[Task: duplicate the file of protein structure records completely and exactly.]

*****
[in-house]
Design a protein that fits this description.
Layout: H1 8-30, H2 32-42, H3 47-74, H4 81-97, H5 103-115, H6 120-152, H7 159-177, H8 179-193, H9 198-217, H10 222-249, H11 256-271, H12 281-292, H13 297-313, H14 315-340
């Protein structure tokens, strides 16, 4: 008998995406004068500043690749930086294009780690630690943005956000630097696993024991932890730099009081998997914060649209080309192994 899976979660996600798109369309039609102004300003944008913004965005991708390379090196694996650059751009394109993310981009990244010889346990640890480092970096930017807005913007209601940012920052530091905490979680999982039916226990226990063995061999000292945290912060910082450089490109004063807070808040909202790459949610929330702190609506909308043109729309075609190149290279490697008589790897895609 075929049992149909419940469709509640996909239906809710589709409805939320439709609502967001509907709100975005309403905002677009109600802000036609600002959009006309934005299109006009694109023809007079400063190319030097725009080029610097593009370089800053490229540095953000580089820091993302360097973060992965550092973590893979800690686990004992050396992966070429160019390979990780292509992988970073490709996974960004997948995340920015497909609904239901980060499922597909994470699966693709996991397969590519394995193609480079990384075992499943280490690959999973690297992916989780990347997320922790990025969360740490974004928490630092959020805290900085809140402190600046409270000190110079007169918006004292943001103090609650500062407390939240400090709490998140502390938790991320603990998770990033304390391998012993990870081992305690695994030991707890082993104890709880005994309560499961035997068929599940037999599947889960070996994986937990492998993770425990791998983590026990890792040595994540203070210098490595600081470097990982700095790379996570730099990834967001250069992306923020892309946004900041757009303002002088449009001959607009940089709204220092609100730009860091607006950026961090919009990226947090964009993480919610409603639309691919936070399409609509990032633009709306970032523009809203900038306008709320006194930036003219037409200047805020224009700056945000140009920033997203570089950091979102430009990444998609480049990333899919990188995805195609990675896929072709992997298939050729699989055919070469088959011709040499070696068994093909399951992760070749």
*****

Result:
[in-house]
Design a protein that fits this description.
Layout: H1 8-30, H2 32-42, H3 47-74, H4 81-97, H5 103-115, H6 120-152, H7 159-177, H8 179-193, H9 198-217, H10 222-249, H11 256-271, H12 281-292, H13 297-313, H14 315-340
């Protein structure tokens, strides 16, 4: 008998995406004068500043690749930086294009780690630690943005956000630097696993024991932890730099009081998997914060649209080309192994 899976979660996600798109369309039609102004300003944008913004965005991708390379090196694996650059751009394109993310981009990244010889346990640890480092970096930017807005913007209601940012920052530091905490979680999982039916226990226990063995061999000292945290912060910082450089490109004063807070808040909202790459949610929330702190609506909308043109729309075609190149290279490697008589790897895609 075929049992149909419940469709509640996909239906809710589709409805939320439709609502967001509907709100975005309403905002677009109600802000036609600002959009006309934005299109006009694109023809007079400063190319030097725009080029610097593009370089800053490229540095953000580089820091993302360097973060992965550092973590893979800690686990004992050396992966070429160019390979990780292509992988970073490709996974960004997948995340920015497909609904239901980060499922597909994470699966693709996991397969590519394995193609480079990384075992499943280490690959999973690297992916989780990347997320922790990025969360740490974004928490630092959020805290900085809140402190600046409270000190110079007169918006004292943001103090609650500062407390939240400090709490998140502390938790991320603990998770990033304390391998012993990870081992305690695994030991707890082993104890709880005994309560499961035997068929599940037999599947889960070996994986937990492998993770425990791998983590026990890792040595994540203070210098490595600081470097990982700095790379996570730099990834967001250069992306923020892309946004900041757009303002002088449009001959607009940089709204220092609100730009860091607006950026961090919009990226947090964009993480919610409603639309691919936070399409609509990032633009709306970032523009809203900038306008709320006194930036003219037409200047805020224009700056945000140009920033997203570089950091979102430009990444998609480049990333899919990188995805195609990675896929072709992997298939050729699989055919070469088959011709040499070696068994093909399951992760070749």